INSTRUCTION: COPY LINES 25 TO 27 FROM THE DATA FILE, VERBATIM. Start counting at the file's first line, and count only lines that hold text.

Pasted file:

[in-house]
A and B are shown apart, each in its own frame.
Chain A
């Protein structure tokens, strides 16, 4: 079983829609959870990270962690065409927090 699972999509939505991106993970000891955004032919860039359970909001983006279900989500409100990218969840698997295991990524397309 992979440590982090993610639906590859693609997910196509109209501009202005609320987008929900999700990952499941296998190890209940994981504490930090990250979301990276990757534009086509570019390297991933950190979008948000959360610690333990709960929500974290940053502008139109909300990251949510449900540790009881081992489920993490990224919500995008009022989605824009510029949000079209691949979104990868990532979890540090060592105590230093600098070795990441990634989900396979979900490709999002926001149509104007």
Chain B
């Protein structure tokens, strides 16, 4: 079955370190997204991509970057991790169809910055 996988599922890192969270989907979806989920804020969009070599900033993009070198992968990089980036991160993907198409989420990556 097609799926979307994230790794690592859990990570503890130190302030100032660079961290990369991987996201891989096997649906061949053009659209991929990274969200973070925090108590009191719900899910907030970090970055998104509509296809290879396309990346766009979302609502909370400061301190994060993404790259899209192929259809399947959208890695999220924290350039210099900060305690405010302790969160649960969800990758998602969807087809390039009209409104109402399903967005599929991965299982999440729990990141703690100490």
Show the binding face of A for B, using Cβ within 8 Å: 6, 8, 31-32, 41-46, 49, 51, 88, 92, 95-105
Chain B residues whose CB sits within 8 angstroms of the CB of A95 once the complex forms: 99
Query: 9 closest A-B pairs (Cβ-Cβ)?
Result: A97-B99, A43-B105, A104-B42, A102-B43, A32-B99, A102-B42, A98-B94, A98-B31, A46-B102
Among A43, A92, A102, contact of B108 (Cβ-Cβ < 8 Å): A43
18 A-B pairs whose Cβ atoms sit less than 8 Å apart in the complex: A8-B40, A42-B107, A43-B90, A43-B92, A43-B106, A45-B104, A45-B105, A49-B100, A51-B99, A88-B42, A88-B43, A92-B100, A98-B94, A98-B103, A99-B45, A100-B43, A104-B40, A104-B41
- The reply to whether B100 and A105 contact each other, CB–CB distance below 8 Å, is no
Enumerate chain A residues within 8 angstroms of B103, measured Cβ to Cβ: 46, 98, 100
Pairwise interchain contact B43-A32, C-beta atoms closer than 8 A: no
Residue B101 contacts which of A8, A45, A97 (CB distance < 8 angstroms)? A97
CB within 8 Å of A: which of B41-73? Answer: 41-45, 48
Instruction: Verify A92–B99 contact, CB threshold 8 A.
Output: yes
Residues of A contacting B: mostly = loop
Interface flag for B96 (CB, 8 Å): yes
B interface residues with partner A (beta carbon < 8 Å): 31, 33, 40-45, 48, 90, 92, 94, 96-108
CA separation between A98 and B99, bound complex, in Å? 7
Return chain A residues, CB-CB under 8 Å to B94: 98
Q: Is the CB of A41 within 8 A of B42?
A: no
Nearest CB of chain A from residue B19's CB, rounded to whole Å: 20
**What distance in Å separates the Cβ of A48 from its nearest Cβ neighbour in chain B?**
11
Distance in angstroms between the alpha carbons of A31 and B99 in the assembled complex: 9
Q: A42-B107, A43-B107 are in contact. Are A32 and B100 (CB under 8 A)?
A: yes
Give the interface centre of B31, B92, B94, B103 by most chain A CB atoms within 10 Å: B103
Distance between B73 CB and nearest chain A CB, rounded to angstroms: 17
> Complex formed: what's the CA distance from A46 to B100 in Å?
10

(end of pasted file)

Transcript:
Q: Is the CB of A41 within 8 A of B42?
A: no
Nearest CB of chain A from residue B19's CB, rounded to whole Å: 20